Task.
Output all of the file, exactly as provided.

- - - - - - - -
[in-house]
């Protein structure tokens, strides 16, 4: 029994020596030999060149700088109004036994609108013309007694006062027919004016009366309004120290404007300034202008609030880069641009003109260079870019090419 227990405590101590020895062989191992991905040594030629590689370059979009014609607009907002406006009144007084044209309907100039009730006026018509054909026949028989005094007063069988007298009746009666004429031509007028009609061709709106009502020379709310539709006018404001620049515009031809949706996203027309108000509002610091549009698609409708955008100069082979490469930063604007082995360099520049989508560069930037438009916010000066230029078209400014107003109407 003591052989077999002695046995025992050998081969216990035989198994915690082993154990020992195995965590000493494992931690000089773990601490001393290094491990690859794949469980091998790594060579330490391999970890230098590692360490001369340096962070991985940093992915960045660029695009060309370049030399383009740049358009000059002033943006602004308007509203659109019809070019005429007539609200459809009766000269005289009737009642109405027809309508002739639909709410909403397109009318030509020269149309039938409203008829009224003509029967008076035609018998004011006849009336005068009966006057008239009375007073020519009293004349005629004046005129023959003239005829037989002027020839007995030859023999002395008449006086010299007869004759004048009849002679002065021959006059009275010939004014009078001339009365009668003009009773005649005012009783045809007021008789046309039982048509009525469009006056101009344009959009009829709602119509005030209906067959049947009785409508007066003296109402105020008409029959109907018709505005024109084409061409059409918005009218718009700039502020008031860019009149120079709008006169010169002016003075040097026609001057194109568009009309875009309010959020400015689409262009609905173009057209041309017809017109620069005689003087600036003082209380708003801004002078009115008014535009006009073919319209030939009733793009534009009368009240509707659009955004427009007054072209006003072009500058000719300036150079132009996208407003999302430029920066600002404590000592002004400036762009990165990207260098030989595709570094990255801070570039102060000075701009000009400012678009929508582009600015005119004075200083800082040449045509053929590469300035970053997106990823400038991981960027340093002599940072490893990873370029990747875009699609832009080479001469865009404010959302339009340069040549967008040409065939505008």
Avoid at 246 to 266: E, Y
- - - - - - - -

[in-house]
């Protein structure tokens, strides 16, 4: 029994020596030999060149700088109004036994609108013309007694006062027919004016009366309004120290404007300034202008609030880069641009003109260079870019090419 227990405590101590020895062989191992991905040594030629590689370059979009014609607009907002406006009144007084044209309907100039009730006026018509054909026949028989005094007063069988007298009746009666004429031509007028009609061709709106009502020379709310539709006018404001620049515009031809949706996203027309108000509002610091549009698609409708955008100069082979490469930063604007082995360099520049989508560069930037438009916010000066230029078209400014107003109407 003591052989077999002695046995025992050998081969216990035989198994915690082993154990020992195995965590000493494992931690000089773990601490001393290094491990690859794949469980091998790594060579330490391999970890230098590692360490001369340096962070991985940093992915960045660029695009060309370049030399383009740049358009000059002033943006602004308007509203659109019809070019005429007539609200459809009766000269005289009737009642109405027809309508002739639909709410909403397109009318030509020269149309039938409203008829009224003509029967008076035609018998004011006849009336005068009966006057008239009375007073020519009293004349005629004046005129023959003239005829037989002027020839007995030859023999002395008449006086010299007869004759004048009849002679002065021959006059009275010939004014009078001339009365009668003009009773005649005012009783045809007021008789046309039982048509009525469009006056101009344009959009009829709602119509005030209906067959049947009785409508007066003296109402105020008409029959109907018709505005024109084409061409059409918005009218718009700039502020008031860019009149120079709008006169010169002016003075040097026609001057194109568009009309875009309010959020400015689409262009609905173009057209041309017809017109620069005689003087600036003082209380708003801004002078009115008014535009006009073919319209030939009733793009534009009368009240509707659009955004427009007054072209006003072009500058000719300036150079132009996208407003999302430029920066600002404590000592002004400036762009990165990207260098030989595709570094990255801070570039102060000075701009000009400012678009929508582009600015005119004075200083800082040449045509053929590469300035970053997106990823400038991981960027340093002599940072490893990873370029990747875009699609832009080479001469865009404010959302339009340069040549967008040409065939505008």
Avoid at 246 to 266: E, Y